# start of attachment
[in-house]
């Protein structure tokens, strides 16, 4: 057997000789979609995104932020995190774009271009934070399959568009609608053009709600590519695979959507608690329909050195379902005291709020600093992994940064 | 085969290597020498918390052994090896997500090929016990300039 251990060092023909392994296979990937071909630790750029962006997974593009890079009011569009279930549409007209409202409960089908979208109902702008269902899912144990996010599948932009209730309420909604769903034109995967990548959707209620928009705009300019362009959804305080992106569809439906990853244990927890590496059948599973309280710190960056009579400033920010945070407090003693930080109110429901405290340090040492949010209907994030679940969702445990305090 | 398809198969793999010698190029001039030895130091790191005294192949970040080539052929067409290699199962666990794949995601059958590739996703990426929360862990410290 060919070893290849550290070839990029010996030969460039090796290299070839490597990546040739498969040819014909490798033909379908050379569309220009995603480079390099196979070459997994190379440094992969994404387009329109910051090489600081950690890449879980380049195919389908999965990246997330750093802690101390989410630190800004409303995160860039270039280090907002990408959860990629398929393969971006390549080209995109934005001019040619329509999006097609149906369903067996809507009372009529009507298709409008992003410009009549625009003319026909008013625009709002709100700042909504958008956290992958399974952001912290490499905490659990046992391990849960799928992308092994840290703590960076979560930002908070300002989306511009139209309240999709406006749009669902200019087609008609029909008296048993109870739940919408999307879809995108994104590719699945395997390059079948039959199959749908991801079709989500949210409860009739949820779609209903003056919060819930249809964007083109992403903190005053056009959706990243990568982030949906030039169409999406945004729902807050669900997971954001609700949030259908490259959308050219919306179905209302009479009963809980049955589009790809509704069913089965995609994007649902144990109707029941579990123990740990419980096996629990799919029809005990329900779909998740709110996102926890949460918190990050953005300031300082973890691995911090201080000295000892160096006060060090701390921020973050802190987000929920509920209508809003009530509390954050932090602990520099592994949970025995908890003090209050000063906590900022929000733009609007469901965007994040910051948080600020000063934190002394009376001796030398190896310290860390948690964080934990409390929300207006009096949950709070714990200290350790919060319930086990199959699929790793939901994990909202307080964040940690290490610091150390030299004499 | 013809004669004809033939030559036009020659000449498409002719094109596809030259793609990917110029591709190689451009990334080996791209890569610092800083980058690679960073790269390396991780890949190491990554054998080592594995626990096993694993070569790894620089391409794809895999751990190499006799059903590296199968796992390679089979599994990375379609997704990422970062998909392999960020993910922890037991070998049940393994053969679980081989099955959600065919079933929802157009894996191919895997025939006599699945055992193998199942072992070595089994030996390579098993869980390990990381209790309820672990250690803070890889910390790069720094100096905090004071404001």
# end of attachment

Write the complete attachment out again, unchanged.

[in-house]
């Protein structure tokens, strides 16, 4: 057997000789979609995104932020995190774009271009934070399959568009609608053009709600590519695979959507608690329909050195379902005291709020600093992994940064 | 085969290597020498918390052994090896997500090929016990300039 251990060092023909392994296979990937071909630790750029962006997974593009890079009011569009279930549409007209409202409960089908979208109902702008269902899912144990996010599948932009209730309420909604769903034109995967990548959707209620928009705009300019362009959804305080992106569809439906990853244990927890590496059948599973309280710190960056009579400033920010945070407090003693930080109110429901405290340090040492949010209907994030679940969702445990305090 | 398809198969793999010698190029001039030895130091790191005294192949970040080539052929067409290699199962666990794949995601059958590739996703990426929360862990410290 060919070893290849550290070839990029010996030969460039090796290299070839490597990546040739498969040819014909490798033909379908050379569309220009995603480079390099196979070459997994190379440094992969994404387009329109910051090489600081950690890449879980380049195919389908999965990246997330750093802690101390989410630190800004409303995160860039270039280090907002990408959860990629398929393969971006390549080209995109934005001019040619329509999006097609149906369903067996809507009372009529009507298709409008992003410009009549625009003319026909008013625009709002709100700042909504958008956290992958399974952001912290490499905490659990046992391990849960799928992308092994840290703590960076979560930002908070300002989306511009139209309240999709406006749009669902200019087609008609029909008296048993109870739940919408999307879809995108994104590719699945395997390059079948039959199959749908991801079709989500949210409860009739949820779609209903003056919060819930249809964007083109992403903190005053056009959706990243990568982030949906030039169409999406945004729902807050669900997971954001609700949030259908490259959308050219919306179905209302009479009963809980049955589009790809509704069913089965995609994007649902144990109707029941579990123990740990419980096996629990799919029809005990329900779909998740709110996102926890949460918190990050953005300031300082973890691995911090201080000295000892160096006060060090701390921020973050802190987000929920509920209508809003009530509390954050932090602990520099592994949970025995908890003090209050000063906590900022929000733009609007469901965007994040910051948080600020000063934190002394009376001796030398190896310290860390948690964080934990409390929300207006009096949950709070714990200290350790919060319930086990199959699929790793939901994990909202307080964040940690290490610091150390030299004499 | 013809004669004809033939030559036009020659000449498409002719094109596809030259793609990917110029591709190689451009990334080996791209890569610092800083980058690679960073790269390396991780890949190491990554054998080592594995626990096993694993070569790894620089391409794809895999751990190499006799059903590296199968796992390679089979599994990375379609997704990422970062998909392999960020993910922890037991070998049940393994053969679980081989099955959600065919079933929802157009894996191919895997025939006599699945055992193998199942072992070595089994030996390579098993869980390990990381209790309820672990250690803070890889910390790069720094100096905090004071404001």